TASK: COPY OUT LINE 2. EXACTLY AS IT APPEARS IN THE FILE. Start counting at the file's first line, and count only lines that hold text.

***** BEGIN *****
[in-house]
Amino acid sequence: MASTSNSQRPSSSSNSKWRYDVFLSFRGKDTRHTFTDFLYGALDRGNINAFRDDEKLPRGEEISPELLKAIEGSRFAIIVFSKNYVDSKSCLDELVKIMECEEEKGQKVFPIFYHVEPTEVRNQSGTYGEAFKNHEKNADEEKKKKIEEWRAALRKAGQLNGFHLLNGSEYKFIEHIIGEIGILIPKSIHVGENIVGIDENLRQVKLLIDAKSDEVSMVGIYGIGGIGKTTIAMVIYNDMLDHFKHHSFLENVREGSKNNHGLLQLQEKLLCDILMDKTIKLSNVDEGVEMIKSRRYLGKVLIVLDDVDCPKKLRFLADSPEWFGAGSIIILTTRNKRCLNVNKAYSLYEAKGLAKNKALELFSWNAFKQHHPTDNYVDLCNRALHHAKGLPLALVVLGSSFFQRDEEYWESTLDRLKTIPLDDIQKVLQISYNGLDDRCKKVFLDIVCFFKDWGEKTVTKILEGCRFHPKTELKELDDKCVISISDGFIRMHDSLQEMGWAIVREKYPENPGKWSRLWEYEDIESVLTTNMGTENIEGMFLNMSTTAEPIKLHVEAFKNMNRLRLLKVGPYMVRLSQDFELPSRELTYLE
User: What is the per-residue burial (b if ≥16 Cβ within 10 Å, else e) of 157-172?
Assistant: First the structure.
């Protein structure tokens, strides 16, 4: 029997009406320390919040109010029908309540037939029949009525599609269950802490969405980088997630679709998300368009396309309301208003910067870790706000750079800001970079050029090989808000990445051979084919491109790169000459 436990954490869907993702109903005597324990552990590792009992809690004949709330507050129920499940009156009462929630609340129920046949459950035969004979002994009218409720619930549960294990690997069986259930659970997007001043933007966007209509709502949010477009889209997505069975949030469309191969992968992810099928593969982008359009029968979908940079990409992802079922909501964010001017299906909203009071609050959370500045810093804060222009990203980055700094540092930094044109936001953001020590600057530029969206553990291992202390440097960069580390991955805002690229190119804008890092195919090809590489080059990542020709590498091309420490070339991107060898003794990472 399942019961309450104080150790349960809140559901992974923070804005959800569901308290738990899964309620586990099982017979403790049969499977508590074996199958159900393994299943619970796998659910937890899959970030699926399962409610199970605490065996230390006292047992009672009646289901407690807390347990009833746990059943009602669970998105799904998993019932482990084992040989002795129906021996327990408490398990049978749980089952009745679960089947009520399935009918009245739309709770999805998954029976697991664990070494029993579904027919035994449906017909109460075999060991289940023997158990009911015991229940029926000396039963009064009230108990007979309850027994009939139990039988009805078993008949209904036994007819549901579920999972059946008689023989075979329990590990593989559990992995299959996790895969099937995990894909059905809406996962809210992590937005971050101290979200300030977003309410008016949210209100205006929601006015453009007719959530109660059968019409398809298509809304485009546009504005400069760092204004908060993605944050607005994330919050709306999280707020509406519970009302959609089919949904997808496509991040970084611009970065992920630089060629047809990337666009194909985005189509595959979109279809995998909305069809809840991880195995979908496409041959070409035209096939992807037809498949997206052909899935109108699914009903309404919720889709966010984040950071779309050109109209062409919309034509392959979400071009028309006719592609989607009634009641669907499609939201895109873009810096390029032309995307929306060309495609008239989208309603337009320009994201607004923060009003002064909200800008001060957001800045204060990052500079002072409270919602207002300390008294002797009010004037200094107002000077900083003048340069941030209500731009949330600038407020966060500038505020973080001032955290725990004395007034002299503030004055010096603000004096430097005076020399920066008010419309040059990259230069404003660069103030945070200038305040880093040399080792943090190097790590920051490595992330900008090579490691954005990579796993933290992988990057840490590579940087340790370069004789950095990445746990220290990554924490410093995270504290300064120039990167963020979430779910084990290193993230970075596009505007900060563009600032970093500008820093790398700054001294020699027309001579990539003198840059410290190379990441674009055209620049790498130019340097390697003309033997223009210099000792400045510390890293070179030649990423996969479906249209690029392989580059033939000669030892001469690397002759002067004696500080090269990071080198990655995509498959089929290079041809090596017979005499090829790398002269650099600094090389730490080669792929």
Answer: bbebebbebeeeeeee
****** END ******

Amino acid sequence: MASTSNSQRPSSSSNSKWRYDVFLSFRGKDTRHTFTDFLYGALDRGNINAFRDDEKLPRGEEISPELLKAIEGSRFAIIVFSKNYVDSKSCLDELVKIMECEEEKGQKVFPIFYHVEPTEVRNQSGTYGEAFKNHEKNADEEKKKKIEEWRAALRKAGQLNGFHLLNGSEYKFIEHIIGEIGILIPKSIHVGENIVGIDENLRQVKLLIDAKSDEVSMVGIYGIGGIGKTTIAMVIYNDMLDHFKHHSFLENVREGSKNNHGLLQLQEKLLCDILMDKTIKLSNVDEGVEMIKSRRYLGKVLIVLDDVDCPKKLRFLADSPEWFGAGSIIILTTRNKRCLNVNKAYSLYEAKGLAKNKALELFSWNAFKQHHPTDNYVDLCNRALHHAKGLPLALVVLGSSFFQRDEEYWESTLDRLKTIPLDDIQKVLQISYNGLDDRCKKVFLDIVCFFKDWGEKTVTKILEGCRFHPKTELKELDDKCVISISDGFIRMHDSLQEMGWAIVREKYPENPGKWSRLWEYEDIESVLTTNMGTENIEGMFLNMSTTAEPIKLHVEAFKNMNRLRLLKVGPYMVRLSQDFELPSRELTYLE